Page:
This is the Seattle Community Police Commission's weekly newsletter. We know keeping up with all the news about police reform can be hard. So every week, we'll give you a digestible dose of it delivered right to your inbox.


The fight over I-940 isn't over

Initiative 940 was approved by voters in November with wide-ranging community support, but the journey to implement its police reforms isn't over. 

The Washington Criminal Justice Training Commission is working with community groups, including the CPC, to create rules for how the new training requirements and independent investigations will work. Now is your chance to tell them what you think. 

They're focusing on the training requirements first. If you'd like to give them your thoughts online click here.


SPD Cheif says arrests won't help address homelessness

Seattle Police Chief Carmen Best addressed a group of homeless service providers and advocates last week and said arrests aren't the answer to our region's issues with homelessness. 

Her remarks came in the wake of an hour-long KOMO news editorial "Seattle is Dying," which called on the city to allow SPD to arrest more people who are homeless and rely on prison-based treatment to address addiction and mental health problems. 

“I do believe that we have to make arrests in some cases and people are going to engage in criminal behavior, but an arrest is not going to help with homelessness,” Best said. “I don’t want people to conflate the two things, which we continue to do. If we arrest a person and they have a problem, whatever it is, and they get out in one day, ten days, 100 days, 8 months, they still have a problem.”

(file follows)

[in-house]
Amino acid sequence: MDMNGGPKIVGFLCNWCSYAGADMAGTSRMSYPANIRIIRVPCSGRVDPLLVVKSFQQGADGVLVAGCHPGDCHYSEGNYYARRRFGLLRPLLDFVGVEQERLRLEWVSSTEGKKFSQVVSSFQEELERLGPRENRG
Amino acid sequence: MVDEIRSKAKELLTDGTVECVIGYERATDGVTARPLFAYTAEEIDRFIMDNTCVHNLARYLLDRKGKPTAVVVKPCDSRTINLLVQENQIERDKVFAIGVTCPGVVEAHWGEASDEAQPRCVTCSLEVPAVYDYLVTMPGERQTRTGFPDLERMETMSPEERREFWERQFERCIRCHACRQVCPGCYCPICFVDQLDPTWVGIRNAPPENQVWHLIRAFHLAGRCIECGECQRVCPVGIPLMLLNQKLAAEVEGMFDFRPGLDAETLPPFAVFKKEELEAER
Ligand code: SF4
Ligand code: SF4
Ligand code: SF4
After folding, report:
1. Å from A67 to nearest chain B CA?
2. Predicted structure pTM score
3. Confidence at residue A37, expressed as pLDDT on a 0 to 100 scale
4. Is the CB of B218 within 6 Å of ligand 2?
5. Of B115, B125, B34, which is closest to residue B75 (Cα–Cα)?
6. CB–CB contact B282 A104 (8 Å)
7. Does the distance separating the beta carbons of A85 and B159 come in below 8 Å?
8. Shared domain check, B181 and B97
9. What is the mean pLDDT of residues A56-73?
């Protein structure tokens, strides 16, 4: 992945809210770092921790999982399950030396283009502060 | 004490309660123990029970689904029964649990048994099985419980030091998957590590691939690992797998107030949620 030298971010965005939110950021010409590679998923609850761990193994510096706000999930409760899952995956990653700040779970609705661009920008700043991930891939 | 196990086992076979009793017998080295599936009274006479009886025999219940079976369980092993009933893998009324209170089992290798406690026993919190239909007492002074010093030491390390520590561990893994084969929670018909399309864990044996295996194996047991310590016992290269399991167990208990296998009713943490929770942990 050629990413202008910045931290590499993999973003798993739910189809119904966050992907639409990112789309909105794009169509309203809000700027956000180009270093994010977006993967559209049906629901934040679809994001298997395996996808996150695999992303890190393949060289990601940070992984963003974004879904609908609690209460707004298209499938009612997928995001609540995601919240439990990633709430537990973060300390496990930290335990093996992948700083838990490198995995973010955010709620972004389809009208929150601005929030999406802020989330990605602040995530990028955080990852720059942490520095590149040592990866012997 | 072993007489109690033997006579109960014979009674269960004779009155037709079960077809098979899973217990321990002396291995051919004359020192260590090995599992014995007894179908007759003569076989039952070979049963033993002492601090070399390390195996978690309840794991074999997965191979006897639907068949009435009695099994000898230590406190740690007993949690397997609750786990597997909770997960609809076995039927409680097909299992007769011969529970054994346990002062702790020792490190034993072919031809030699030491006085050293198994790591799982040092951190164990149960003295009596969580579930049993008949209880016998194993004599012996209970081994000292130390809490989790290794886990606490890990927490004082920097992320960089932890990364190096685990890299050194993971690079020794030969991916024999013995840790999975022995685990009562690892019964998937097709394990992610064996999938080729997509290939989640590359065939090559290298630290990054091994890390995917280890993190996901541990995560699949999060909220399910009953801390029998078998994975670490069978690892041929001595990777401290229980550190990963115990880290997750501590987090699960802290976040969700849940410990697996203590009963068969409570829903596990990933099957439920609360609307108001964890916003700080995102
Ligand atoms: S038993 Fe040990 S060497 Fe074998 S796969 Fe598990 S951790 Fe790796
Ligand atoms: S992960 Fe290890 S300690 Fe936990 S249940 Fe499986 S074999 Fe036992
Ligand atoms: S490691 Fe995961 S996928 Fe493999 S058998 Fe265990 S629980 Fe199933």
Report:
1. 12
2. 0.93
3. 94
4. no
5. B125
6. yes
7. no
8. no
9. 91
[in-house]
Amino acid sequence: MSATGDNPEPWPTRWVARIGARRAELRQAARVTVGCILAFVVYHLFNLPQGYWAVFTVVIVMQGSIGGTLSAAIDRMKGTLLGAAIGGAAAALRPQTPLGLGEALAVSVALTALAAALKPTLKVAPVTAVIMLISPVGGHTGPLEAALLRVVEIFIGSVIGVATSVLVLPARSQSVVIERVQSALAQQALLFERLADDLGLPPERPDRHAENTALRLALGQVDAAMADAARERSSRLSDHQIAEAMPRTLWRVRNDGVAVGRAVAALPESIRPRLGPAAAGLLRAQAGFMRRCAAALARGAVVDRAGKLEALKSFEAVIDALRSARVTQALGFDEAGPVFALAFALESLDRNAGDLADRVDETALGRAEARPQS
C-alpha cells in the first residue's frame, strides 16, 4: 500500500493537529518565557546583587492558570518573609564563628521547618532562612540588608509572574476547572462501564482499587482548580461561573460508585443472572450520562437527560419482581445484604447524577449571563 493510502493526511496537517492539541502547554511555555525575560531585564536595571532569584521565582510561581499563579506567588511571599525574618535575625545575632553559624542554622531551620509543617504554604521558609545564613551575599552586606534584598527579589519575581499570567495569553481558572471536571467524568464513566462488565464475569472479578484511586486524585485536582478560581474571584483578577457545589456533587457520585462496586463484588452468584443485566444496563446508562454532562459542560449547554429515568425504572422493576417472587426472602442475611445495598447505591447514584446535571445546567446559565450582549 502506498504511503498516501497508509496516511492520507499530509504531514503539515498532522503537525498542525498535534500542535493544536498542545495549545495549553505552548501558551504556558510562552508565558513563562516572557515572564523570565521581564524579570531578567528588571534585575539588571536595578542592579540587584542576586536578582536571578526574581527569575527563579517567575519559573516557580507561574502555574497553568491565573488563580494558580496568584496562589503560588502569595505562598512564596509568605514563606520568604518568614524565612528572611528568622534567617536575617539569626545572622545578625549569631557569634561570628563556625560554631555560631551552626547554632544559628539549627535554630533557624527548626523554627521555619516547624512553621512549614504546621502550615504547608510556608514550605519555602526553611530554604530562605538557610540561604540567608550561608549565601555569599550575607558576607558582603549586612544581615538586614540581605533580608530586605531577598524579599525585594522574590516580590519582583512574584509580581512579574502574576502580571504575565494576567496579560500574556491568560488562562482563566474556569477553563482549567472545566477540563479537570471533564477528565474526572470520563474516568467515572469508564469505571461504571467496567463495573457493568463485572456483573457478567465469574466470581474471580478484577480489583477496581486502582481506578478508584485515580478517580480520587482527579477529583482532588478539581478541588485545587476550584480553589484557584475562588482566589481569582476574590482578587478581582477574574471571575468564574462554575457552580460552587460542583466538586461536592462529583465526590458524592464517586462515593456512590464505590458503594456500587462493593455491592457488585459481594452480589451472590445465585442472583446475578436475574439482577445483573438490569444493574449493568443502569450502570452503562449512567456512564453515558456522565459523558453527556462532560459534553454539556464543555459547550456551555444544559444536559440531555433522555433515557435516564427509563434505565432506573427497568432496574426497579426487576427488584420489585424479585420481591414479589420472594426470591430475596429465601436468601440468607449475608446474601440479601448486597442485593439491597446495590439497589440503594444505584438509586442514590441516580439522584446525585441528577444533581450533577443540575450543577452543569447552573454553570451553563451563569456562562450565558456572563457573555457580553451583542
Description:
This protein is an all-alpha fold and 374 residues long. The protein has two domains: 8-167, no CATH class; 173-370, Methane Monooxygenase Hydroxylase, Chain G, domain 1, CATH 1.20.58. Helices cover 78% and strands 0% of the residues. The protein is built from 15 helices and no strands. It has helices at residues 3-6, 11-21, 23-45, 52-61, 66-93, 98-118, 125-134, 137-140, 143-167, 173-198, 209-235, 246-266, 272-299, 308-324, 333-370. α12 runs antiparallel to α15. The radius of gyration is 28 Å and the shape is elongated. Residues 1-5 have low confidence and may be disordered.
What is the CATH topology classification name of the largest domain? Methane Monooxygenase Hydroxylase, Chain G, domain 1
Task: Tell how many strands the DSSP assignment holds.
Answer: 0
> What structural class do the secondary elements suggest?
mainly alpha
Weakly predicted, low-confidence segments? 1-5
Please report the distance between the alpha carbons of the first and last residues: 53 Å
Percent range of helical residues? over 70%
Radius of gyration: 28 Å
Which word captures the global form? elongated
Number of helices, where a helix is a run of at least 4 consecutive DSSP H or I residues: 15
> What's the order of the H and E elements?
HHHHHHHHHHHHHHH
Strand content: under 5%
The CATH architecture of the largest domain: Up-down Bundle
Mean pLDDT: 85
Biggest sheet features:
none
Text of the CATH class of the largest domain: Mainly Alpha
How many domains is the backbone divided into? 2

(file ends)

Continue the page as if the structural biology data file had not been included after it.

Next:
Read the Crosscut article here.


SPD releases body-cam video of Capitol Hill police shooting

Seattle Police released video of last week's police shooting in Capitol Hill. 

It shows a confrontation with a man with a gun who police say was in crisis. The man audibly says "You're gonna shoot me, because I'm not putting this gun down," when officers ask him to drop the weapon. 

Merrick Bob, Seattle's court-appointed consent decree monitor

New review: Police body cameras not having the effect many expected

A new review of 70 studies on the effects of police body cameras is shedding new light on the effects of the technology. 

The clearest finding of the review is that body camera video is more often used to prosecute civilians than to hold police accountable. 93 percent of prosecutors' offices used the footage primarily to prosecute civilians, according to one study.

The CPC has discussed body camera policy at length, but hasn't made an official recommendation because of some of these complex issues. 

Read more of the review's results in this article by Governing. 


Have any feedback or ideas about this newsletter? Email